As one of the top three retirement killers, it consistently surprises me how widely misunderstood and underestimated the impact of volatility is. The lack of understanding probably stems in some way from the issue that the people managing the money talk about volatility in terms like; standard deviations and return dispersion, and the people who are genuinely impacted by it have no real understanding of what these terms mean.
In the below, I will be focussing on the impact of volatility on the everyday investor. Said another way, the impact of someone’s financial worth fluctuating up and down on a daily basis.
Here are my 7 insights on volatility:
1. Average Returns
First things first, in capital volatile markets, average returns do not exist.
When determining whether to make an investment we will need to make some assumptions on returns. In most forecasting models we must pick linear return assumptions that are chosen based on what we might think is a suitable long-term rate of return expectation (not guarantee!). The reason being that we simply cannot predict volatility with any level of accuracy.
The lower the volatility, the closer the average return will be to the actual (annualised) return.
We are told from an early age in investing that liquidity is good. Well I am here to tell you that it can be very bad. It is no coincidence that the places that people often make the most money are generally the least liquid, the family home and superannuation.
The flip side of the coin of liquidity is volatility, think about it as the evil twin. You don’t get one without the other. Investments with no formal secondary market (e.g. annuities, term deposits) experience far less volatility than those with popular secondary markets (e.g. listed shares). If you increase liquidity, you increase volatility.
3. Bad Behaviour
Humans are inherently bad at making their own investment decisions. The reason that investment professionals exist is not necessarily because they know all about the investments, it’s because it is easier to remove emotion from an investment decision when it is not your money.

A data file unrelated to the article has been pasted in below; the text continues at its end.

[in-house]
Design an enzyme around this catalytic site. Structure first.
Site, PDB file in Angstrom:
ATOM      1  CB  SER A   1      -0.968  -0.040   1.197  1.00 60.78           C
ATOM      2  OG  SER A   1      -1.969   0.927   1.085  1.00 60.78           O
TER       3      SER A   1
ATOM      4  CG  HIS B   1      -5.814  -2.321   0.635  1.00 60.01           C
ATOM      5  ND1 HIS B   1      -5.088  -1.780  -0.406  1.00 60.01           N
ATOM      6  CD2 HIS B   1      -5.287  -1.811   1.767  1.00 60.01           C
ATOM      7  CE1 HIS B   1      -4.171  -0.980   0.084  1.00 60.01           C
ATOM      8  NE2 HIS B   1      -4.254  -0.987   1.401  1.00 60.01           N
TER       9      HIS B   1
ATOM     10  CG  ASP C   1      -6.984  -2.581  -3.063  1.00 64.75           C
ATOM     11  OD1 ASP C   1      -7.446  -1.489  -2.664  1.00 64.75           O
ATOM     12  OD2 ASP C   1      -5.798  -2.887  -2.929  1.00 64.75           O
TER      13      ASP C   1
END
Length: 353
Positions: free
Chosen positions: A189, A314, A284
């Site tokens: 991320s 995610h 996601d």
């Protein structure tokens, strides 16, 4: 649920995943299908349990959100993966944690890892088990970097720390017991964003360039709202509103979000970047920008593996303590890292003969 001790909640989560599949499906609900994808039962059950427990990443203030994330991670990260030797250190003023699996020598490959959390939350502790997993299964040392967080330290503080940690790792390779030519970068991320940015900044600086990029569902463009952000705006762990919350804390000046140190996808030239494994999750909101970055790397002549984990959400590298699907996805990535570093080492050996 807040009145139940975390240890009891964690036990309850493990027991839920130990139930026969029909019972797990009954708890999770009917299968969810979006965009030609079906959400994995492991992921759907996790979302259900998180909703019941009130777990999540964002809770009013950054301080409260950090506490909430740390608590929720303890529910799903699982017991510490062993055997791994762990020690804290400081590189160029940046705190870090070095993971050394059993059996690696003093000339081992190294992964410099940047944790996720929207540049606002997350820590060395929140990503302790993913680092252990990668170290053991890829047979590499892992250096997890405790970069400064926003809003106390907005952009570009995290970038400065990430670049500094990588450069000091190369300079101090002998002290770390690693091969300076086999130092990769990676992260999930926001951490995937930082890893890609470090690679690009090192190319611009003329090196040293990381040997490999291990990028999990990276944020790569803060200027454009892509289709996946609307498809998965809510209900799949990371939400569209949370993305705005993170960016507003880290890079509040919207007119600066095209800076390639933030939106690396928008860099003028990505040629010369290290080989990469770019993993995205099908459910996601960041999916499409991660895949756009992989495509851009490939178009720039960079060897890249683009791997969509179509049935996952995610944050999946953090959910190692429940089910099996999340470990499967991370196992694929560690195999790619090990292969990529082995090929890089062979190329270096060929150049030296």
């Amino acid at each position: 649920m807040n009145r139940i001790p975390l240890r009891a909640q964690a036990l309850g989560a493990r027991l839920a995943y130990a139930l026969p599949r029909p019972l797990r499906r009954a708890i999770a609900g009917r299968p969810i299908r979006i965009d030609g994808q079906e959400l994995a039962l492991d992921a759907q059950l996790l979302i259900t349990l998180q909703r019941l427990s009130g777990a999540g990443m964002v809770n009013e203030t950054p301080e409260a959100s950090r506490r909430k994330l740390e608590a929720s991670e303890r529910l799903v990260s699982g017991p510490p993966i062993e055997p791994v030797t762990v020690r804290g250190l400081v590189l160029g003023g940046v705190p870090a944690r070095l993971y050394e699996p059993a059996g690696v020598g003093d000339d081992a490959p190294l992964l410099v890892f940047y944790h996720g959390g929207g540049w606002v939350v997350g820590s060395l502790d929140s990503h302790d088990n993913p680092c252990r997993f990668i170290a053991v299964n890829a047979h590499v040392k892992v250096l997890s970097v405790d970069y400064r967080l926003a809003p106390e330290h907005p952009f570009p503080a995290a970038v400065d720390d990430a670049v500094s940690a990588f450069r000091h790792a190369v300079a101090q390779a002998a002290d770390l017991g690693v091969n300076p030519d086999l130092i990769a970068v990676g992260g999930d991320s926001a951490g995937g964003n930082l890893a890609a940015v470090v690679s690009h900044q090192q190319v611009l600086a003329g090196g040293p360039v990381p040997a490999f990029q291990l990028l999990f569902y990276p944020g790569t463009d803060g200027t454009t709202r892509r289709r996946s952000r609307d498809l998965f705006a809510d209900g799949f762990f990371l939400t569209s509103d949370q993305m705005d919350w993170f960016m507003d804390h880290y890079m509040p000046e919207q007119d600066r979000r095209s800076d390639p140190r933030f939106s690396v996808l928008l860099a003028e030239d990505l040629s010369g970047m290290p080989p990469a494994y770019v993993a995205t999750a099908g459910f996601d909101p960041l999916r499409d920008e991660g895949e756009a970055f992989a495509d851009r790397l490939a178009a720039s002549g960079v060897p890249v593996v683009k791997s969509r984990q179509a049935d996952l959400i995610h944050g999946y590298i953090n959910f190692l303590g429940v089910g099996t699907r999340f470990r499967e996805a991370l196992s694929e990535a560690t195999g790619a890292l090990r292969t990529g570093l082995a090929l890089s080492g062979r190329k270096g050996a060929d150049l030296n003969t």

Investors will commonly sell an asset that was made with a long-term investment timeframe simply because it has underperformed in the short term. Just think about anyone who sold CBA shares at some point during the GFC. Short term market shocks are not necessarily a softening of economic fundamentals.
When volatility is increased, bad investor behaviour becomes rife.
4. Bad Language
Volatility causes investors to use bad language, examples are:
- My super is doing 10% right now
- I made 15% last year
Firstly, unrealised gains are just that, unrealised. Until you take the money off the table, you have “made” nothing. The rises and falls in the apparent value of the investment are meaningless as they can reverse themselves at the drop of a hat.
Income (rent, dividends etc.) is real as it turns to cash in your bank account. Volatility comes in the form of capital growth/loss and is not real until it is ‘real’ised.
5. Psychological Damage
Humans are emotional. We make emotional decisions. We feel loss and we feel grief. The impact on a 70-year-old opening up their share trading account to see a 10% drop in their share portfolio can be enormous. The anxiety and stress it can cause to someone who may rely on those investments to live cannot be marginalised. The more volatility in a portfolio, the more stress and the greater chance for psychological damage.
6. Money Flow
This is about the speed at which money can flow in and out of an investment. Something with low frictional costs of entry will experience (all else equal) greater volatility than those that don’t.
Property for example, has stamp duty, legal fees, agency fees and so on, often slowing down the rate at which people trade it. Stocks on the other hand have evolved into a world where buy/sell spreads are often zero and low-cost online share trading platforms continue to speed up trading.
7. Capital Consumption
Often referred to as ‘sequencing risk’, the order of return sequence can be the deciding factor as to how long someone’s money lasts. It is essentially the difference between the average return and the annualised (actual) return.
With the length of retirement time frames due to the increase in life expectancy, we are only getting more and more exposed to this phenomenon. Sequence does not matter to a portfolio receiving no contributions or no withdrawals. Unfortunately for us, most people are always either contributing, or drawing from, their super. Making sequencing vitally important.
Generally speaking, the greater the volatility, the faster your capital is consumed. Consider the retiree with $1m in super who spends $70k pa. In a year where his portfolio has dropped by 20%, he/she would have “consumed” $270k worth of capital in one year. To recover that the next year, after accounting for the $70k annual spend, that investor would need a 50% annual return to get back to square one.
As technology continues to speed up markets and we keep finding new ways to fractionalise ownership of larger assets, investors will need to become acutely aware of how to handle volatility. From what I can see, it doesn’t look like the money managers of the world are going to do it for them.